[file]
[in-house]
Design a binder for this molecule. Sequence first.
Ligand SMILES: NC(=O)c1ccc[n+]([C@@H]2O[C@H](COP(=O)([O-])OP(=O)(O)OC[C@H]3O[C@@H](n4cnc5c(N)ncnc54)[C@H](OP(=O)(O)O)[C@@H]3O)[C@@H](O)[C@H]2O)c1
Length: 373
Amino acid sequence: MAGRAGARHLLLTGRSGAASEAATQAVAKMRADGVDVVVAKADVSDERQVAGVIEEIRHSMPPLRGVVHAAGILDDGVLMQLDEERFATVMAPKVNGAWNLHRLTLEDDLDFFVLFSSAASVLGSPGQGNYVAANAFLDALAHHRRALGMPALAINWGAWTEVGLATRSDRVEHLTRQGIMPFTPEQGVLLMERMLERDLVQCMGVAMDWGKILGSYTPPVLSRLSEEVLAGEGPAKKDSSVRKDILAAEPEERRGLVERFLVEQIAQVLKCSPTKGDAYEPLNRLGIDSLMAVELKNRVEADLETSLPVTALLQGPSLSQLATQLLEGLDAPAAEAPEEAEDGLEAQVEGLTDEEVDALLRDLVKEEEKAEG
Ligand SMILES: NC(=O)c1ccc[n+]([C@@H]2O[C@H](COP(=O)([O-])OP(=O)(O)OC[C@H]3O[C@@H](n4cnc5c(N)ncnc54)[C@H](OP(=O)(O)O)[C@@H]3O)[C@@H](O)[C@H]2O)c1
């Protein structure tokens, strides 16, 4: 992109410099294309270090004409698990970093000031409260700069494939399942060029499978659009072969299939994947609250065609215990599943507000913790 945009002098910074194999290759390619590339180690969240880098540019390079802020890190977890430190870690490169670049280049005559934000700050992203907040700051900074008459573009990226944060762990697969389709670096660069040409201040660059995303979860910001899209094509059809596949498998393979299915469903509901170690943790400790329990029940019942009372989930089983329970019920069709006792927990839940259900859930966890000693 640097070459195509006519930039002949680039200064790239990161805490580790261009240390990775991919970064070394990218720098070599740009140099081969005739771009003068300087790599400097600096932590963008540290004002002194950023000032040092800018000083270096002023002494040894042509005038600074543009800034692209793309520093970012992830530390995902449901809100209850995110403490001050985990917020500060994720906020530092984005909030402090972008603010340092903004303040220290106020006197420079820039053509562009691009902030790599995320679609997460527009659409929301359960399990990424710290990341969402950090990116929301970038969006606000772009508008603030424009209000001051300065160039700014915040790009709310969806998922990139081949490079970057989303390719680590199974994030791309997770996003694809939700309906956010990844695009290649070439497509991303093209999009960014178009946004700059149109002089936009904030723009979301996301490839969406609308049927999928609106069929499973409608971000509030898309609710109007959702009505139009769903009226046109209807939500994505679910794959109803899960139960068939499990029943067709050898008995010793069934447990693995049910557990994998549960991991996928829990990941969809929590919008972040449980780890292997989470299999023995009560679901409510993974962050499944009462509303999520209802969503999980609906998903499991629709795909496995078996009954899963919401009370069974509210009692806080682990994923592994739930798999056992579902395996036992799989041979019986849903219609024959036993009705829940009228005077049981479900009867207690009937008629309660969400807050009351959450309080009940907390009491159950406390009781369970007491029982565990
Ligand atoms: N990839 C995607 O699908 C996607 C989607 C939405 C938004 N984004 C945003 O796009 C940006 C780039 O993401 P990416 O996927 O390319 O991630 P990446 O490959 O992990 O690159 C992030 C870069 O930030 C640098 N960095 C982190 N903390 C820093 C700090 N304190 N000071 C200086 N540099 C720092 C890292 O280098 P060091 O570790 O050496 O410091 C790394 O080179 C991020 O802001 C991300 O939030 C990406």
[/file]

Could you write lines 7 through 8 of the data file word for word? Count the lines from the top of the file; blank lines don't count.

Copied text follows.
């Protein structure tokens, strides 16, 4: 992109410099294309270090004409698990970093000031409260700069494939399942060029499978659009072969299939994947609250065609215990599943507000913790 945009002098910074194999290759390619590339180690969240880098540019390079802020890190977890430190870690490169670049280049005559934000700050992203907040700051900074008459573009990226944060762990697969389709670096660069040409201040660059995303979860910001899209094509059809596949498998393979299915469903509901170690943790400790329990029940019942009372989930089983329970019920069709006792927990839940259900859930966890000693 640097070459195509006519930039002949680039200064790239990161805490580790261009240390990775991919970064070394990218720098070599740009140099081969005739771009003068300087790599400097600096932590963008540290004002002194950023000032040092800018000083270096002023002494040894042509005038600074543009800034692209793309520093970012992830530390995902449901809100209850995110403490001050985990917020500060994720906020530092984005909030402090972008603010340092903004303040220290106020006197420079820039053509562009691009902030790599995320679609997460527009659409929301359960399990990424710290990341969402950090990116929301970038969006606000772009508008603030424009209000001051300065160039700014915040790009709310969806998922990139081949490079970057989303390719680590199974994030791309997770996003694809939700309906956010990844695009290649070439497509991303093209999009960014178009946004700059149109002089936009904030723009979301996301490839969406609308049927999928609106069929499973409608971000509030898309609710109007959702009505139009769903009226046109209807939500994505679910794959109803899960139960068939499990029943067709050898008995010793069934447990693995049910557990994998549960991991996928829990990941969809929590919008972040449980780890292997989470299999023995009560679901409510993974962050499944009462509303999520209802969503999980609906998903499991629709795909496995078996009954899963919401009370069974509210009692806080682990994923592994739930798999056992579902395996036992799989041979019986849903219609024959036993009705829940009228005077049981479900009867207690009937008629309660969400807050009351959450309080009940907390009491159950406390009781369970007491029982565990
Ligand atoms: N990839 C995607 O699908 C996607 C989607 C939405 C938004 N984004 C945003 O796009 C940006 C780039 O993401 P990416 O996927 O390319 O991630 P990446 O490959 O992990 O690159 C992030 C870069 O930030 C640098 N960095 C982190 N903390 C820093 C700090 N304190 N000071 C200086 N540099 C720092 C890292 O280098 P060091 O570790 O050496 O410091 C790394 O080179 C991020 O802001 C991300 O939030 C990406």